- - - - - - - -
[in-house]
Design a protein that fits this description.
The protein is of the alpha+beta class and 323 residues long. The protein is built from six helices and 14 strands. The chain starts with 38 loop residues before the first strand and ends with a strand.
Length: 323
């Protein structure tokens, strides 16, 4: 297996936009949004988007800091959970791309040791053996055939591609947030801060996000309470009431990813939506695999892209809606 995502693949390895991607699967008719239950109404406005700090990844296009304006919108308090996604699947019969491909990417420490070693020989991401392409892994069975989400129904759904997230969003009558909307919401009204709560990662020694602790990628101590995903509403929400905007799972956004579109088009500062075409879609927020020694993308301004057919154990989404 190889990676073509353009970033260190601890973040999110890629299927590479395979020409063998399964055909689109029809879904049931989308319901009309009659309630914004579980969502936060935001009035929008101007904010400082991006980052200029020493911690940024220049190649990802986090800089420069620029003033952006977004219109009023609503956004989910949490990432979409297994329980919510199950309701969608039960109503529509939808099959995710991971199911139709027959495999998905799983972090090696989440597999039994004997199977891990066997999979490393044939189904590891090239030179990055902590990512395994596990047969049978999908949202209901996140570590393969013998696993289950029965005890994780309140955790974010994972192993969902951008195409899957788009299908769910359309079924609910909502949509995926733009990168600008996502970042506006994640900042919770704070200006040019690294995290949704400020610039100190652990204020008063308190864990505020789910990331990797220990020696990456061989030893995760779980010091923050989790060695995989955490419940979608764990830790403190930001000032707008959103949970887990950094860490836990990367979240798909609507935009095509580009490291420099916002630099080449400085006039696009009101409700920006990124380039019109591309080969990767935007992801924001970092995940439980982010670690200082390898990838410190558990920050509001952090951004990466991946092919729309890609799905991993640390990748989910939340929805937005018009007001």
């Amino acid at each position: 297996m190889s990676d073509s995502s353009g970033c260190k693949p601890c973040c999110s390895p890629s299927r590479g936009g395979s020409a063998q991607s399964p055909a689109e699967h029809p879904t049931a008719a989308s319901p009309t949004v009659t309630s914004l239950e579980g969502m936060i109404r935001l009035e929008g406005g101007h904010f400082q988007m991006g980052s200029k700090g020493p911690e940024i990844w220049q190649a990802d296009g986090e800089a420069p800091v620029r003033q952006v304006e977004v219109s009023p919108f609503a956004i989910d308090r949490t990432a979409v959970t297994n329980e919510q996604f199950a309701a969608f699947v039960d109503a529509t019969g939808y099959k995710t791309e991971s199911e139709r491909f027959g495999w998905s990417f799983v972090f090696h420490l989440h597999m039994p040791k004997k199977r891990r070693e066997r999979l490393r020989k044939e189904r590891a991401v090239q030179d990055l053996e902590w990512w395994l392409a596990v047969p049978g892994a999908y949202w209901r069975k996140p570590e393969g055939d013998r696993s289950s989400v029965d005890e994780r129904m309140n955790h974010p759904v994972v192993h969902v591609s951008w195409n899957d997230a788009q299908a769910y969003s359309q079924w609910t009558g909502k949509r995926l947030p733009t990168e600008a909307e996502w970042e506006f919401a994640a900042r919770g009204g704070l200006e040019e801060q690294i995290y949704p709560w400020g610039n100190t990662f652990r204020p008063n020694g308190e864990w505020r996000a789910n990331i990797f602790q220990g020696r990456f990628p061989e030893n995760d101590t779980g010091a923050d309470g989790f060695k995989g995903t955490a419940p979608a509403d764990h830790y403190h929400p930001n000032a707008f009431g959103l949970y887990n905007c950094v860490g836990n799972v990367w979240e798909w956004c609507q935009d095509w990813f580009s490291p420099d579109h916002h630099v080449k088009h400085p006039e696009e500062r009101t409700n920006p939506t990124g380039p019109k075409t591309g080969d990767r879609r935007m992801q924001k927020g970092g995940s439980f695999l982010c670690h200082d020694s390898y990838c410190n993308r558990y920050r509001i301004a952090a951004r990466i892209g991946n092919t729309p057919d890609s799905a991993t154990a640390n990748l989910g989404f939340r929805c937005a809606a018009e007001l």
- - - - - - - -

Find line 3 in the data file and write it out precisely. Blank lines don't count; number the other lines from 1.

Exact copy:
The protein is of the alpha+beta class and 323 residues long. The protein is built from six helices and 14 strands. The chain starts with 38 loop residues before the first strand and ends with a strand.